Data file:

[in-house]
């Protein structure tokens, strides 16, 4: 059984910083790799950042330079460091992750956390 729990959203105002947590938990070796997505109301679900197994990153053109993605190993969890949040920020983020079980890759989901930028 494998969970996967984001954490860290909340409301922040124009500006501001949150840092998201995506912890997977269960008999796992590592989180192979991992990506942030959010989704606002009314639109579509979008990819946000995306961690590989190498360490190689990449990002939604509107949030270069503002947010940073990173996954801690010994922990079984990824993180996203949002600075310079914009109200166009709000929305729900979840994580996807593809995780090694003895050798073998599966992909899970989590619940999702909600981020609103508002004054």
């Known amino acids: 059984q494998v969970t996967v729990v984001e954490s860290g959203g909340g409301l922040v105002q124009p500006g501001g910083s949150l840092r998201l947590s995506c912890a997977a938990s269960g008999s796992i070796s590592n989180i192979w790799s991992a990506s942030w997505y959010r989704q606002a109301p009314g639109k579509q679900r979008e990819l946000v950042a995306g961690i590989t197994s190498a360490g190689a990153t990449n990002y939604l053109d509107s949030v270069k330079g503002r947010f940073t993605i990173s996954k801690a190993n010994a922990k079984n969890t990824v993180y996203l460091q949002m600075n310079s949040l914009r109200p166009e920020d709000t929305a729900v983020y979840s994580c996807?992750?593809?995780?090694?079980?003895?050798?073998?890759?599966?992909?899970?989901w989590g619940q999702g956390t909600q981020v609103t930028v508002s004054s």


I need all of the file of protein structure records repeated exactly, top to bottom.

[in-house]
């Protein structure tokens, strides 16, 4: 059984910083790799950042330079460091992750956390 729990959203105002947590938990070796997505109301679900197994990153053109993605190993969890949040920020983020079980890759989901930028 494998969970996967984001954490860290909340409301922040124009500006501001949150840092998201995506912890997977269960008999796992590592989180192979991992990506942030959010989704606002009314639109579509979008990819946000995306961690590989190498360490190689990449990002939604509107949030270069503002947010940073990173996954801690010994922990079984990824993180996203949002600075310079914009109200166009709000929305729900979840994580996807593809995780090694003895050798073998599966992909899970989590619940999702909600981020609103508002004054």
């Known amino acids: 059984q494998v969970t996967v729990v984001e954490s860290g959203g909340g409301l922040v105002q124009p500006g501001g910083s949150l840092r998201l947590s995506c912890a997977a938990s269960g008999s796992i070796s590592n989180i192979w790799s991992a990506s942030w997505y959010r989704q606002a109301p009314g639109k579509q679900r979008e990819l946000v950042a995306g961690i590989t197994s190498a360490g190689a990153t990449n990002y939604l053109d509107s949030v270069k330079g503002r947010f940073t993605i990173s996954k801690a190993n010994a922990k079984n969890t990824v993180y996203l460091q949002m600075n310079s949040l914009r109200p166009e920020d709000t929305a729900v983020y979840s994580c996807?992750?593809?995780?090694?079980?003895?050798?073998?890759?599966?992909?899970?989901w989590g619940q999702g956390t909600q981020v609103t930028v508002s004054s």